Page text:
During the summer months free daily guide service on trails, boat trips, and auto caravans is scheduled by the National Park Service. These naturalist activities, which also include talks at Sinnott Memorial two or more times daily and evening programs at the lodge and Community House, are in response to a public demand for the popular presentation of the geological, biological, and historical story of Crater Lake.

Schedules of the naturalist program are posted at several public places in the park. Except the boat trip, which starts at the foot of the rim trail, all regularly scheduled naturalist activities start from the Information Building, although visitors are invited to join at any place along routes traveled.

Ranger Naturalist program
Grant Photo


Sinnott Memorial.—This structure, with its broad terrace looking over the lake, serves as an orientation point. Field glasses focused on important features help visitors to understand the geologic history and to appreciate the relationship between scenic and scientific values. Pictorial displays in the exhibit room portray artists' conceptions of the varying moods of the lake. A large relief map of the region is located on the terrace. Talks are scheduled twice daily at the Memorial. A visit to the Sinnott Memorial soon after arrival in the park is recommended. It is located close to the lodge and the Rim Campground.

Information Building.—This building is on the crater rim just west of the lodge. Visitors are invited to make use of the information service and examine the exhibits.

Rim Drive.—A highway encircles the Crater, affording many spectacular views from numerous observation points. Auto caravans are conducted by the naturalist staff along this road, stops being made at important scenic, scientific, and historic points. All cavavan trips start from the Information Building. Time of departure is announced on bulletin boards and at lectures .

Wizard Island.—This is a symmetrical cinder cone rising 780 feet above the surface of the lake. It is reached by boat. A trail leads from the shore to the crater, which is approximately 90 feet deep and 450 feet in diameter.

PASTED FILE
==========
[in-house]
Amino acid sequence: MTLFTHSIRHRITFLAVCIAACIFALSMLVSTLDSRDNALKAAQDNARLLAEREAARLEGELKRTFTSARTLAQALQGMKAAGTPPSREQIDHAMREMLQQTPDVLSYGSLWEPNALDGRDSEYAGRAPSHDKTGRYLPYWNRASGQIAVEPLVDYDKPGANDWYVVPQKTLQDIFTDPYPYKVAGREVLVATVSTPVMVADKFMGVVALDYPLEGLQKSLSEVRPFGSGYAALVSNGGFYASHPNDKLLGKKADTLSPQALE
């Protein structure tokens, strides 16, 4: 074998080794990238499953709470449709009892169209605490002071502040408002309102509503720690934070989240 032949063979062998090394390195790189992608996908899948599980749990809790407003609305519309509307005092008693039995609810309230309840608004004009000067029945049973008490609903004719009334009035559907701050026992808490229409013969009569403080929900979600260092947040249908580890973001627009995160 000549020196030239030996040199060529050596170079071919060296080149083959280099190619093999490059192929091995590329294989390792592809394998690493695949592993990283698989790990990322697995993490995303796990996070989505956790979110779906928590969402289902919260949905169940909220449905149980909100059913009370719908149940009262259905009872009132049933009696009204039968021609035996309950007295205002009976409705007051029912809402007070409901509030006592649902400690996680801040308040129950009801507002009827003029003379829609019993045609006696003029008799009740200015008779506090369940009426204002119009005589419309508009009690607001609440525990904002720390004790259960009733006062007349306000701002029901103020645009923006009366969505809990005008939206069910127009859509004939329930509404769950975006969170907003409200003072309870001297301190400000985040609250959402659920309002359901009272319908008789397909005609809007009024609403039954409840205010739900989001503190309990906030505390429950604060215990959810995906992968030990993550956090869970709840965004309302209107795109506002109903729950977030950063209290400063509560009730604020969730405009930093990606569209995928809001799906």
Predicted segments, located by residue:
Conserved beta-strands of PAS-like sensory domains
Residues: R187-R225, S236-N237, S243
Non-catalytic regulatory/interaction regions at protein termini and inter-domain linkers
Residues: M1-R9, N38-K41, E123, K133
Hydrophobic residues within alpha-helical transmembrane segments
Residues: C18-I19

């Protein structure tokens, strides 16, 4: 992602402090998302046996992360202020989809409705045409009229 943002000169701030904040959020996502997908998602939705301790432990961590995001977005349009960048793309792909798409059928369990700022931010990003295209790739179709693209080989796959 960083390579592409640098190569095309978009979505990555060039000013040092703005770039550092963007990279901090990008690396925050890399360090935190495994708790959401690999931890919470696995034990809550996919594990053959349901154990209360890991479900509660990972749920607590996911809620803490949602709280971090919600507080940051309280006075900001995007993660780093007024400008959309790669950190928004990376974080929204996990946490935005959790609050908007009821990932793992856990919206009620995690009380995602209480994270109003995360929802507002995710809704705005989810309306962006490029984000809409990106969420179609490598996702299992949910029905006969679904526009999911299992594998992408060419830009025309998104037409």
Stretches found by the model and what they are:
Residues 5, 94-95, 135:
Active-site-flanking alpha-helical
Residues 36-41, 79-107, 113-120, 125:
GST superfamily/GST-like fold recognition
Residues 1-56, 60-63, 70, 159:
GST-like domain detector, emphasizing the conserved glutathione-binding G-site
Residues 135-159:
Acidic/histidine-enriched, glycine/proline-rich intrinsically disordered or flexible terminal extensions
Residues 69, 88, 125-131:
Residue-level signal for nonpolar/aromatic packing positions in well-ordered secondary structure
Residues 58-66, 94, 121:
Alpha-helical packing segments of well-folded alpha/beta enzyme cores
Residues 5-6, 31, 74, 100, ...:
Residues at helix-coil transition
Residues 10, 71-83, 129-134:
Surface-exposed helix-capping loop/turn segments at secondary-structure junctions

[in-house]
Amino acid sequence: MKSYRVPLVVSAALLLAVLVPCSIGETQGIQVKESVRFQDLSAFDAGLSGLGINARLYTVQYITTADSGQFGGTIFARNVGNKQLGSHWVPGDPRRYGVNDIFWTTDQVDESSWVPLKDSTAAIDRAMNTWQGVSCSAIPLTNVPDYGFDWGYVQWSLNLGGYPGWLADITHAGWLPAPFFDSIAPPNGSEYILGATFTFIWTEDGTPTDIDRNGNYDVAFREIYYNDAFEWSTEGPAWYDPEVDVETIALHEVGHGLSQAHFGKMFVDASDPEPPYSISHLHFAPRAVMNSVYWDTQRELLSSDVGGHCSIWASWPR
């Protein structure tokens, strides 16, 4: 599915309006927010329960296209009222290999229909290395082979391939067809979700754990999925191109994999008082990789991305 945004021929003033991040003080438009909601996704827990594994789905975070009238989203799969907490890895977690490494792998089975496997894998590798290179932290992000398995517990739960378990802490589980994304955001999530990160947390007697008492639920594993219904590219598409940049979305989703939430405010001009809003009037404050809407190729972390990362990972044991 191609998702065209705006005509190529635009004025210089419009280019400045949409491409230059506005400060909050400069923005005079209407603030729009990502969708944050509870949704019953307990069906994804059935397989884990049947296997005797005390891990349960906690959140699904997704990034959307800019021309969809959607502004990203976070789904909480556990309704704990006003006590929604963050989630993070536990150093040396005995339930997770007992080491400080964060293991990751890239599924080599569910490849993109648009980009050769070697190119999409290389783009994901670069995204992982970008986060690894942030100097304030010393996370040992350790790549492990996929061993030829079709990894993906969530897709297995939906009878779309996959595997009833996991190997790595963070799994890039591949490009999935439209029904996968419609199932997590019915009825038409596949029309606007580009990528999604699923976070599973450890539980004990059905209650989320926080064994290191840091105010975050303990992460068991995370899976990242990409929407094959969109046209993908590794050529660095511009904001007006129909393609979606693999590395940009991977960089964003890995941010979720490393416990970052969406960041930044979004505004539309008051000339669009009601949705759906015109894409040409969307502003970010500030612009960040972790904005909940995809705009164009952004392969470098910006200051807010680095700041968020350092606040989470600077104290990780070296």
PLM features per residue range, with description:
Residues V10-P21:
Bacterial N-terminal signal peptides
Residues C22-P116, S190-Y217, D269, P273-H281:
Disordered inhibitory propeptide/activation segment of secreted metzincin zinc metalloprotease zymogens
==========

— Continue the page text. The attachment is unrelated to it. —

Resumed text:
The Phantom Ship.—This island rises 169 feet above the waters of the lake. Its shape suggests a ship under sail. The best views of the Phantom Ship are obtained from the launches and from Kerr Notch along the Rim Drive.

Garfield Peak.—With an altitude of 8,060 feet, this peak is easily reached by a 1.7 mile trail east of the lodge. From the summit there is a magnificent view of the lake and surrounding region.

The Watchman.—This peak, on the west rim, is of interest not only because of its height, but because of the fire lookout station on its summit. It may be reached by a half-mile trail from the rim road. A rare panorama of the park and surrounding country may be viewed from this point, 8,025 feet above sea level and 1,861 feet above the lake.

Cloudcap.—This excellent view point on the east rim rises to an elevation of over 8,000 feet and is almost 2,000 feet above the lake. The coloring of the lake and a vast expanse of mountain scenery beyond the park are well observed from Cloudcap.

Mount Scott.—East of Cloudcap is Mount Scott, the highest point in the park, reaching an altitude of nearly 9,000 feet. Its summit, on which there is a fire lookout station, is accessible by a 2.5 mile trail from the rim road.

The Pinnacles.—In Wheeler Creek, near the east entrance of the park, are slender spires of pumice. Some of the needles are 200 feet high. In Sand Creek Canyon and Godfrey's Glen in Annie Creek Canyon there are other spires and fluted columns carved out of the soft volcanic material by water erosion.

Other Places of Interest in the Park and Vicinity.—Park visitors desiring information about other interesting places in the park and vicinity are invited to inquire at park headquarters and the Information Building.

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